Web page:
Quote Healthy Unquote
Okay, DIYeters. We need to talk. Earlier this year the Food and Drug Administration (FDA) asked for input regarding the possibility of defining the word “natural” of food labels. A total of 7,690 comments were sent to the FDA on this topic. You can read them here, if you want. I’m sure when the final decision has been made it will be all over the news. At least I hope it will.
Now, the FDA has decided they want update the definition of the word “healthy” on food labels. Again, they want input from us. Click here for the details!
For reference, here is a link to the current guidelines for food products. You can download and read the full text from the link. The important points are:
- These guidelines are non-binding for food companies and the FDA. Food companies do not have to follow them. If a food is labeled “healthy” but does not fit the guidelines then the FDA does not have to act.
- A claim to be “healthy” must be explained. For example: “only 1mg sodium”, or, “75% of your daily fiber.”
- Certain nutrients are being highlighted. The FDA specifically wants guidance on how the “healthy” label should apply to foods with high levels of mono-and polyunsaturated fats (you know, the “healthy” fats) and foods which are good sources of vitamin D or potassium.
Those are the facts, as I have been able to find them; here is my opinion. I don’t think the word “healthy” should appear on food labels at all. No single food offers everything the average healthy human needs to sustain their health. For example, if you fulfill your daily calorie needs with nothing but kale you will not get enough protein. You will also probably be unhappy because you are eating kale, and your emotional health is important, too. Likewise, foods which may not be considered healthy on their own can still have a place in an overall healthy diet. For example, you might get your family to try Brussels sprouts if you sautè them with just a little bacon. The benefits of that cruciferous vegetable intake more than balance the indulgence in salt and saturated fat.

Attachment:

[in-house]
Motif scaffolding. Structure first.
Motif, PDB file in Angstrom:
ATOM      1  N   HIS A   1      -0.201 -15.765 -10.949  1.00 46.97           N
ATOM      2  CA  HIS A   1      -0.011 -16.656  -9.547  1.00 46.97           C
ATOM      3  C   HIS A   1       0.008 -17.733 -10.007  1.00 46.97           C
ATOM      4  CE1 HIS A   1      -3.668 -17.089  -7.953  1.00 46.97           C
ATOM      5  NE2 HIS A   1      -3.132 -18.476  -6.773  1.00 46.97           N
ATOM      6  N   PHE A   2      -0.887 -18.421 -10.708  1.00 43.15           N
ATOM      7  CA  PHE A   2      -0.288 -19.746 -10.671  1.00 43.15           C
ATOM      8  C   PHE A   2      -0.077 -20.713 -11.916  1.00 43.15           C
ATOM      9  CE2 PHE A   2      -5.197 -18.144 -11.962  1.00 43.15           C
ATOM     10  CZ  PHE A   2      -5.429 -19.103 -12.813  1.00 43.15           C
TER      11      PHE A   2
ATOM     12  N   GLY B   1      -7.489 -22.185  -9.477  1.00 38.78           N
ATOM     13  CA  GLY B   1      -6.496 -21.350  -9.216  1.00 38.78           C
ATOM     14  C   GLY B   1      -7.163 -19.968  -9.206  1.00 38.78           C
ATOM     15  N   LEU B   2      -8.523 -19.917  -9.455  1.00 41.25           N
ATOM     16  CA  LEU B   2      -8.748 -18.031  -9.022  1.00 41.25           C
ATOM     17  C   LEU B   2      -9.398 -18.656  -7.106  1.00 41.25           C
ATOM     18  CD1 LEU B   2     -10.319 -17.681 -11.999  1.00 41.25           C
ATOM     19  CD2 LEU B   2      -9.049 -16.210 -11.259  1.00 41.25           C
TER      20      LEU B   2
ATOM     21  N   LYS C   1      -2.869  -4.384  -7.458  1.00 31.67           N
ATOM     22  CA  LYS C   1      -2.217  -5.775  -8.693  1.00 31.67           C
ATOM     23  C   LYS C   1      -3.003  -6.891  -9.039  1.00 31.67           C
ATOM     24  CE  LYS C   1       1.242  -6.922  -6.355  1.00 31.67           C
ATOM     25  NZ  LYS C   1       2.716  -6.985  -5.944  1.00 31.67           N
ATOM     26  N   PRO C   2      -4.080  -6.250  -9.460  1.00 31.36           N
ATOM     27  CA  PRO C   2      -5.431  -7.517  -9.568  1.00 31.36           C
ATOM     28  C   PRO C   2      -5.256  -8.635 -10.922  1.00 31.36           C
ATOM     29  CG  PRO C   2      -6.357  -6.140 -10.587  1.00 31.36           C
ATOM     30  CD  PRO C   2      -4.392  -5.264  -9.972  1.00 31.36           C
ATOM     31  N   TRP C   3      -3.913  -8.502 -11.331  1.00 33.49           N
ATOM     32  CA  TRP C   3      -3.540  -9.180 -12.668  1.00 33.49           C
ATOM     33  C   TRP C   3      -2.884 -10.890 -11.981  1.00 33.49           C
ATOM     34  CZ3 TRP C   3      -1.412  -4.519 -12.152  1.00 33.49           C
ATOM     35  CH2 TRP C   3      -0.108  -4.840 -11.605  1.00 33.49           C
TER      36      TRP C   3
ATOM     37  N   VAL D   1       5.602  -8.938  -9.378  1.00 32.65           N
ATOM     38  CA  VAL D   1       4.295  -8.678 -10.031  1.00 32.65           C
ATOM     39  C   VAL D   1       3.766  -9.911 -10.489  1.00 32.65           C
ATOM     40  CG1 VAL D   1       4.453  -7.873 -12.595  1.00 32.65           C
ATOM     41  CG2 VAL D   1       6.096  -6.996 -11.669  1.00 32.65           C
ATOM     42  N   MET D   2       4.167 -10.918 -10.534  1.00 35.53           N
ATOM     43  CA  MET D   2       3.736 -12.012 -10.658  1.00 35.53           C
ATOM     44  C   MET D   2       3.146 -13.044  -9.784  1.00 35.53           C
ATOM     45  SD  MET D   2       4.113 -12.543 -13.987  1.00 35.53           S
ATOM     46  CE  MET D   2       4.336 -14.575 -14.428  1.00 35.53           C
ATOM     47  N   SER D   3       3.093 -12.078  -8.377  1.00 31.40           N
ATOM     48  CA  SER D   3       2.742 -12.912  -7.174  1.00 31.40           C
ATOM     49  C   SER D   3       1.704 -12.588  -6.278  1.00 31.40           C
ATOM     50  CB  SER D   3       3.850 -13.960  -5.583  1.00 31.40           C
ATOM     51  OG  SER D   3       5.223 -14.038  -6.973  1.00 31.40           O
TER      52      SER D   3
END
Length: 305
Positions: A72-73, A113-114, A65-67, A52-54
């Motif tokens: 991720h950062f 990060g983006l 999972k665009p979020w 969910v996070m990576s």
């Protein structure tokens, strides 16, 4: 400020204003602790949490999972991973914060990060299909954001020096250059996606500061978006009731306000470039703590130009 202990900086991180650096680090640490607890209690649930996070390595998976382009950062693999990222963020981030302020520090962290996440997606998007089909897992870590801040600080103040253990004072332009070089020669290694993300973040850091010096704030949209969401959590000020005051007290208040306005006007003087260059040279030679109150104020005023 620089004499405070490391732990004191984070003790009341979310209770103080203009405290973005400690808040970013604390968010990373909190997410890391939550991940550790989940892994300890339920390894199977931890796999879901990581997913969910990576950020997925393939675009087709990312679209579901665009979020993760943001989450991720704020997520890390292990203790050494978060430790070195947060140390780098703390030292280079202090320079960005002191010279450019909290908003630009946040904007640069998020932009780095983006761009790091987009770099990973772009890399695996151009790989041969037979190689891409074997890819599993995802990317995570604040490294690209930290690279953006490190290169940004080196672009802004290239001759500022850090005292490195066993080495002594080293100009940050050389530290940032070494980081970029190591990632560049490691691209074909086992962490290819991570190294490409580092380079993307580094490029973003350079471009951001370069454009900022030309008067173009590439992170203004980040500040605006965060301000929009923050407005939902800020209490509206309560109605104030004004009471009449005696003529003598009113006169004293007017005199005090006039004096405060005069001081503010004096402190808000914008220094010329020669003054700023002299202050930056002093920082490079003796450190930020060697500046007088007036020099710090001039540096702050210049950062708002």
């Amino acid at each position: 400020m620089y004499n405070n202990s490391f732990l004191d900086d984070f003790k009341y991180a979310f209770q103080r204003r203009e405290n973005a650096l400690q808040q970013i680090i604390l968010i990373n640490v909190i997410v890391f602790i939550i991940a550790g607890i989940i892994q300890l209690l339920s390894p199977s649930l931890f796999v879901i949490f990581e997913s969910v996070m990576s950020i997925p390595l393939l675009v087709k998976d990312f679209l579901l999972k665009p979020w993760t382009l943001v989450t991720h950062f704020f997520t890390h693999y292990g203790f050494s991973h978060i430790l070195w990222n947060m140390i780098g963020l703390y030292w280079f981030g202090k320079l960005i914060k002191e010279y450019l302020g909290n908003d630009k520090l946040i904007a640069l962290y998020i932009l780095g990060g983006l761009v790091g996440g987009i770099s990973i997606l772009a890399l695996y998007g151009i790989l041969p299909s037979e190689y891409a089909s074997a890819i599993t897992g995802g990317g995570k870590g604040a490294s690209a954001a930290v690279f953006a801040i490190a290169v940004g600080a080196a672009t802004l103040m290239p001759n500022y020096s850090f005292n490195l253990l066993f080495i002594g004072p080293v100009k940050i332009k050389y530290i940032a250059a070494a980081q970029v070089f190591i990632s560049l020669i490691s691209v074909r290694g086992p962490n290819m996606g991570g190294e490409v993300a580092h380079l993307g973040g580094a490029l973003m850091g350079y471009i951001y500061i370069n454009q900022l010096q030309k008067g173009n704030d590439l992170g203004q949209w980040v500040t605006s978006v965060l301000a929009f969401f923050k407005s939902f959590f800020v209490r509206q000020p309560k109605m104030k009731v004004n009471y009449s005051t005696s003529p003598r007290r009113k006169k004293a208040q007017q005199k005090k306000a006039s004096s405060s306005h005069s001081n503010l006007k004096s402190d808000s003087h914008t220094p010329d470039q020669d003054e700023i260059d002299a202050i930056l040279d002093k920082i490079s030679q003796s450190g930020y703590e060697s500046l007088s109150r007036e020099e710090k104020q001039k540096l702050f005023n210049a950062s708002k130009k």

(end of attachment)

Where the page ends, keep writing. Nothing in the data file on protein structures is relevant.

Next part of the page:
Furthermore, if certain foods are allowed to advertise themselves as inherently healthy it may make foods that do not hit certain bench marks seem less beneficial. Imagine a theoretical yogurt. It contains no active cultures, is sweetened with high fructose corn syrup, and contains artificial flavor. It has been fortified with vitamin D, though, so it can say “healthy” on the label. Now imagine competitive brand sweetened and flavored only with fruit juice and containing active cultures. It has not been fortified with vitamin D, so it cannot have the word healthy on the label. Are you seeing the same label vs. reality issue I am?
Food is complicated. Nutrition is so complicated that the US government reviews their nutrition guidelines every five years. Saying any one food has an infallible healthfulness oversimplifies the interactions between nutrients, some of which we are just beginning to understand. Evocative words like “healthy”, in my opinion, have no place on food labels. Do you have a different opinion? Share in the comments. Then, share with the FDA at the link above.